The Biobased and Renewable Products Advocacy Group (BRAG) helps members develop and bring to market their innovative biobased and renewable chemical products through insightful policy and regulatory advocacy. BRAG is managed by B&C® Consortia Management, L.L.C., an affiliate of Bergeson & Campbell, P.C.


 

By Lauren M. Graham, Ph.D.

On October 18, 2017, Senator Debbie Stabenow (D-MI) introduced to the Senate the Renewable Chemicals Act of 2017 (S. 1980), which aims to establish a short-term tax credit for the production of renewable chemicals and for investment in renewable chemical production facilities.  If enacted, the legislation would allow taxpayers to claim a production credit equal to $0.15 per pound of biobased content of each renewable chemical produced.  In lieu of the production credit, taxpayers would be able to claim an investment credit equal to 30 percent of the basis of any eligible property that is part of a renewable chemical production facility.   The bipartisan bill was co-sponsored by Senators Susan Collins (R-ME), Chris Coons (D-DE), Al Franken (D-MN), and Tammy Baldwin (D-WI), and is companion legislation to H.R. 3149, which was introduced in the House in June 2017 by Representative Bill Pascrell (D-NJ).


 

By Lauren M. Graham, Ph.D.

On October 25, 2017, the U.S. Department of Energy’s (DOE) Office of Energy Efficiency and Renewable Energy (EERE) published a notice in the Federal Register regarding an open meeting of the Biomass Research and Development Technical Advisory Committee.  The meeting will take place November 15-16, 2017, in Washington D.C., and will focus on developing advice and guidance that promotes research and development (R&D) for the production of biobased fuels and products.  The tentative agenda includes updates on the U.S. Department of Agriculture (USDA) and DOE Biomass R&D activities, and presentations on improving feedstock supply chain cost and efficiency.  Stakeholders interested in attending the meeting and/or presenting oral comments should contact Dr. Mark Elless (.(JavaScript must be enabled to view this email address)) and Roy Tiley (.(JavaScript must be enabled to view this email address)) at least five business days prior to the meeting.  Meeting minutes will be available for public review on the Biomass R&D website following the meeting.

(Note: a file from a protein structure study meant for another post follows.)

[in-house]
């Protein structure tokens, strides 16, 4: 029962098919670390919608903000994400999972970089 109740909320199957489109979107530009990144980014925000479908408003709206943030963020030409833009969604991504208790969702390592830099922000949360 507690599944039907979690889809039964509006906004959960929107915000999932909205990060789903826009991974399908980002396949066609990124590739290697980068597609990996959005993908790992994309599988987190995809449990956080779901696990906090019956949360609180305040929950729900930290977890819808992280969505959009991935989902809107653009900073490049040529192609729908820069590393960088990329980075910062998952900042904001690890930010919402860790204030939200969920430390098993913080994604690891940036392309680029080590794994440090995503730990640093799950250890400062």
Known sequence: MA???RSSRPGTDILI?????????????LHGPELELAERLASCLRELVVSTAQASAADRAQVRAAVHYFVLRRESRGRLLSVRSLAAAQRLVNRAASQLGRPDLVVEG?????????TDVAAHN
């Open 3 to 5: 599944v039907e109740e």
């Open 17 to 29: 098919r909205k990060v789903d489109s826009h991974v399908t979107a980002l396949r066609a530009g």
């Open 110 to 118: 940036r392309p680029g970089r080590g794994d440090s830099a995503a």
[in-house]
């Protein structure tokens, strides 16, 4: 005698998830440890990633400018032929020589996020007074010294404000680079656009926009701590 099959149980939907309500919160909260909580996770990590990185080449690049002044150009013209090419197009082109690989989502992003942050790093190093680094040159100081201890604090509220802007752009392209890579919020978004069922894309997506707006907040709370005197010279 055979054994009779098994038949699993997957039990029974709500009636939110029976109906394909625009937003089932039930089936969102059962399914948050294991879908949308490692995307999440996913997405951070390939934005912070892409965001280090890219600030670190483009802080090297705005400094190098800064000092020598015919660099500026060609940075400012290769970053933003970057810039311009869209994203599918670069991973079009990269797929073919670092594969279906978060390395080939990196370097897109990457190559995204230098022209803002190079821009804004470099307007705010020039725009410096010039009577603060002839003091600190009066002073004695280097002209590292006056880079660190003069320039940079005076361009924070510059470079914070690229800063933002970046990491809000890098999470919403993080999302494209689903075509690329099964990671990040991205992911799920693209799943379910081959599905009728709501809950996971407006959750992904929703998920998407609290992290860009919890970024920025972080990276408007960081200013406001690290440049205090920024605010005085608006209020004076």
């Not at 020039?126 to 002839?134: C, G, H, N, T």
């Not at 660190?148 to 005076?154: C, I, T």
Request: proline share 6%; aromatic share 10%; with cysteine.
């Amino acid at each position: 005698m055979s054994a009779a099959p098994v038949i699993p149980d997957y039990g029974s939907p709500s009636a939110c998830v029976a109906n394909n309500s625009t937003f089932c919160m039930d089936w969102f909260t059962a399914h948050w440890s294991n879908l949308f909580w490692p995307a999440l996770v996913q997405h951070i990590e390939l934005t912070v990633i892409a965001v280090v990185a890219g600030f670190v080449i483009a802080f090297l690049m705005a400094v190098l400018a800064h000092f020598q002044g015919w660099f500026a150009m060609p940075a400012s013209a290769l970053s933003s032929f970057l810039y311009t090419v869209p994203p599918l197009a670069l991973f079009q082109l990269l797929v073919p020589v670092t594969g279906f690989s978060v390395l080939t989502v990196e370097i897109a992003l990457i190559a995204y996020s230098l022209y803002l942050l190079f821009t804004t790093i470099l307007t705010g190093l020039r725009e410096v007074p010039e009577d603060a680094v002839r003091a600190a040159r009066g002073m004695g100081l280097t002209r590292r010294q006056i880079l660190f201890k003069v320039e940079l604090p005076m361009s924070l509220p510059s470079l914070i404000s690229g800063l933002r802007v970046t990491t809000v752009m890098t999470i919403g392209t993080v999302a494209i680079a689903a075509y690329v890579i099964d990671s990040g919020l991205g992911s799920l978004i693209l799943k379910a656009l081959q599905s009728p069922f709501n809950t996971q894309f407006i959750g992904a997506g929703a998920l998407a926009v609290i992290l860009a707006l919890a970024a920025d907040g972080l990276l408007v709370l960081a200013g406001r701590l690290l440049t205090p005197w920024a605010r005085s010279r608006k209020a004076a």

Tags: DOE, R&D, EERE, Biomass

 

By Lauren M. Graham, Ph.D.

On October 24, 2017, Neste, a member of the Biobased and Renewable Products Advocacy Group (BRAG®), announced that it was the only energy company to reach the Leadership-class ranking in three Climate Disclosure Project (CDP) programs.  Neste received an A- ranking in the CDP Climate, CDP Forests, and CDP Water programs.  CDP is a not-for-profit organization that manages a global disclosure system allowing companies, cities, states, and regions to measure and manage their environmental impact.  The CDP Climate program focuses on corporate measures to combat climate risks and take advantage of low-carbon products and services.  According to Pekka Tuovinen, Neste's Senior Advisor for sustainability, “[t]he more efficiently we operate, and the more we can reduce the climate emissions of our own supply chains, the greater will be the climate benefits of the products and solutions we offer.” 
 
Neste is the only energy sector company to transparently disclose its forest footprint as part of the CDP program.  The Leadership-class ranking demonstrates Neste’s commitment to preventing deforestation in its supply chain and requiring similar action from its raw material suppliers.  Neste continues to work on improving the traceability of various kinds of processing residues used as raw materials beyond what is mandated by regulatory requirements.